No-Referer Plugin for Firefox 3.7

Not allowing Firefox to install plugins from previous versions is kindof annoying. Especially when the developer doesn’t maintain something. The No-Referer plugin is very simple and handy, but hasn’t been updated to allow it to be installed in Firefox 3.5 or above.

In many cases, all that needs to be done is a version number needs to be incremented in the install.rdf file. I’ve posed a new version of this that works for FireFox 3.7 here

Converting Tables to InnoDB Takes Forever

I have been familiar with some of the benefits of the InnoDB storage engine for a long time. Of particular interest to me has been row-level locking which should significantly reduce some locking problems that I have on a big table during peak times.

I have made various attempts over the past six months or so to convert this table to InnoDB, but each attempt has always taken a tremendously long time and I have always ended up canceling the query before it completes, because it doesn’t seem to be making any progress.

I finally have had a reason and opportunity to dig into this more and have spent the last day or two learning and experimenting with InnoDB. Of particular use was this set of slides from a 2007 presentation on InnoDB performance. It had some very good information about understanding how InnoDB works.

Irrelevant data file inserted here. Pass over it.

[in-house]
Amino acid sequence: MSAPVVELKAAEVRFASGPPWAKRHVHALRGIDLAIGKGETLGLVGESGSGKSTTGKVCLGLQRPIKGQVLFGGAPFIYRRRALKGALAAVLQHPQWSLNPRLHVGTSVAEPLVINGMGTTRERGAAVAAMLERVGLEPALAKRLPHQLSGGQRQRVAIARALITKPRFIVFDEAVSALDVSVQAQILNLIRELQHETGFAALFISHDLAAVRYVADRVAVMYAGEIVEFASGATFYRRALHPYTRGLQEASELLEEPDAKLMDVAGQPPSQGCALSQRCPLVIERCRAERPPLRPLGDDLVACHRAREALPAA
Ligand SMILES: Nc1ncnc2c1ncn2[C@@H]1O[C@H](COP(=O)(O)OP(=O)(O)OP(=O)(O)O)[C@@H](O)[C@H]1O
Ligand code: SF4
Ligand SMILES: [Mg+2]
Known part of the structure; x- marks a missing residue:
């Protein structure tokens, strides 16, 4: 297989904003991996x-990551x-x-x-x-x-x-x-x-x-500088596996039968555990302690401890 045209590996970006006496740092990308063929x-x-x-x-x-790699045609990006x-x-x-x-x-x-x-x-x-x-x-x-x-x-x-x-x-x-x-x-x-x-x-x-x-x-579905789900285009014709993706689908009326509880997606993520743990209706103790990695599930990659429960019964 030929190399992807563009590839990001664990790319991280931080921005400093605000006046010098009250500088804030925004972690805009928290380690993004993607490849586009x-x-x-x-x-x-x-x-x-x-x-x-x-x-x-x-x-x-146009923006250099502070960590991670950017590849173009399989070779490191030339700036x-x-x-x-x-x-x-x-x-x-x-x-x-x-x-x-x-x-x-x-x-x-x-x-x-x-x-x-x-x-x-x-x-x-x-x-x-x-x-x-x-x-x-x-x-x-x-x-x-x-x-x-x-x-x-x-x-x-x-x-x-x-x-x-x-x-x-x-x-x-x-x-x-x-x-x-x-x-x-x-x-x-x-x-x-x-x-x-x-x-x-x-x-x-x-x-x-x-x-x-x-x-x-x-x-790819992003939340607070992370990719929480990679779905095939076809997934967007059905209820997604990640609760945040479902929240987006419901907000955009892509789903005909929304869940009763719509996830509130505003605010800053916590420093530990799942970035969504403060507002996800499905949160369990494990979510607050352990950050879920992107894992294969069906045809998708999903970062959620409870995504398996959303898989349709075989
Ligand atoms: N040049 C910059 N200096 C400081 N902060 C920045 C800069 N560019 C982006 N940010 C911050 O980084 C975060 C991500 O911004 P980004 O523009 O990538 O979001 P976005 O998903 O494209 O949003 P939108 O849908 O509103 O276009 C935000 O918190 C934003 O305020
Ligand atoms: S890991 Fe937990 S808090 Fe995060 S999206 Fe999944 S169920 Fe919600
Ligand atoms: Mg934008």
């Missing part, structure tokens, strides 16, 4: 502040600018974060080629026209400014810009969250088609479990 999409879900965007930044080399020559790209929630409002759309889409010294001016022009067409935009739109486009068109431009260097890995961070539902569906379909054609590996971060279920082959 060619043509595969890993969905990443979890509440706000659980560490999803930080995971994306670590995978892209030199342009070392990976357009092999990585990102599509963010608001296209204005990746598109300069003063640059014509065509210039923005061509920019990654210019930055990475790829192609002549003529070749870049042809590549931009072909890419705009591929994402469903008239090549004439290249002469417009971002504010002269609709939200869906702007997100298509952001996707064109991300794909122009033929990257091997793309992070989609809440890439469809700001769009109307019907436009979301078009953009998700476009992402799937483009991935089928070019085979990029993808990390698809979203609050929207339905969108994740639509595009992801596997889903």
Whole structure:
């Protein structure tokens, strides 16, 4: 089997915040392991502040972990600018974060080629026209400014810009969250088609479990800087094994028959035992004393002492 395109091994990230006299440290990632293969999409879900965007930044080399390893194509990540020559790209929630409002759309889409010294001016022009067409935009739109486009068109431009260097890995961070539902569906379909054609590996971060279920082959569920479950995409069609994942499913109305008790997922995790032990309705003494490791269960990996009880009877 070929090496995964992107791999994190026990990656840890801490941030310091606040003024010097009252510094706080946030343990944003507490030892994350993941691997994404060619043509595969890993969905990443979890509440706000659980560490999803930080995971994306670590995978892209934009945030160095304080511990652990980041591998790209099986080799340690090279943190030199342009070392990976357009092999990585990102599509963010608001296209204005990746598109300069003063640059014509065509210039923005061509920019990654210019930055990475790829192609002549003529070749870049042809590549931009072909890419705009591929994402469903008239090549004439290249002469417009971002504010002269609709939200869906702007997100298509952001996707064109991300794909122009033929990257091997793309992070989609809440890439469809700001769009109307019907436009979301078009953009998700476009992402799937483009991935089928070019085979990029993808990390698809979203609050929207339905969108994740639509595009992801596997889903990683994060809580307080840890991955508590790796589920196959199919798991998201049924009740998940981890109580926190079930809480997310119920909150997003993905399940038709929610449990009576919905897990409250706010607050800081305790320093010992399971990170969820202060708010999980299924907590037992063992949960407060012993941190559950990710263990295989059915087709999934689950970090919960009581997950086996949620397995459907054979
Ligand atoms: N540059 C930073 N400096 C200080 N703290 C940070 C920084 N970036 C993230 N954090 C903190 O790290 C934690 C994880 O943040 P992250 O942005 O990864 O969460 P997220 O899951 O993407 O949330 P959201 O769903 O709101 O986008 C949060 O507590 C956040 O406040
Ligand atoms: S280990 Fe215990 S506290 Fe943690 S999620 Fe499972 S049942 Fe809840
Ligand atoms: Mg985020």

Slide 9 of the presentation includes this extremely helpful bit:

PRIMARY KEY in random order are costly and lead to table fragmentation (primary key inserts should normally be in an ascending order)
Load data in primary_key order if you can

In the data that I have been attempting to convert from MyISAM, my primary keys are inserted in whatever order that that the data has occurred. When converting that to InnoDB, it would basically run a bunch of insert statements using my unordered data. Each insert would require the storage engine to move a bunch of data in the InnoDB table around to keep the primary keys in order.

In my case, I was converting a MyISAM table containing about 1.9 million rows and occupying 600 MB of disk space. That took over 8 hours using the unordered data. After ordering the data and retrying, it then took about 10 minutes.

Also, I learned the usefulness of the ‘SHOW TABLE STATUS’ command. It is semi-useful in seeing the progress of the import. It is a bit strange to me it shows the number of rows in the table changing by 10% every second, but it is better than nothing:

mysql> SHOW TABLE STATUS WHERE name = 'sometable'

*************************** 1. row ***************************
           Name: books_innodb
         Engine: InnoDB
        Version: 10
     Row_format: Compact
           Rows: 2158501
 Avg_row_length: 286
    Data_length: 617611264
Max_data_length: 0
   Index_length: 70008832
      Data_free: 0
 Auto_increment: NULL
    Create_time: 2009-08-25 10:03:43
    Update_time: NULL
     Check_time: NULL
      Collation: latin1_swedish_ci
       Checksum: NULL
        Comment: InnoDB free: 1799168 kB

Also worth noting is the data inserted in random order used about 30% more space according to the Data_length value.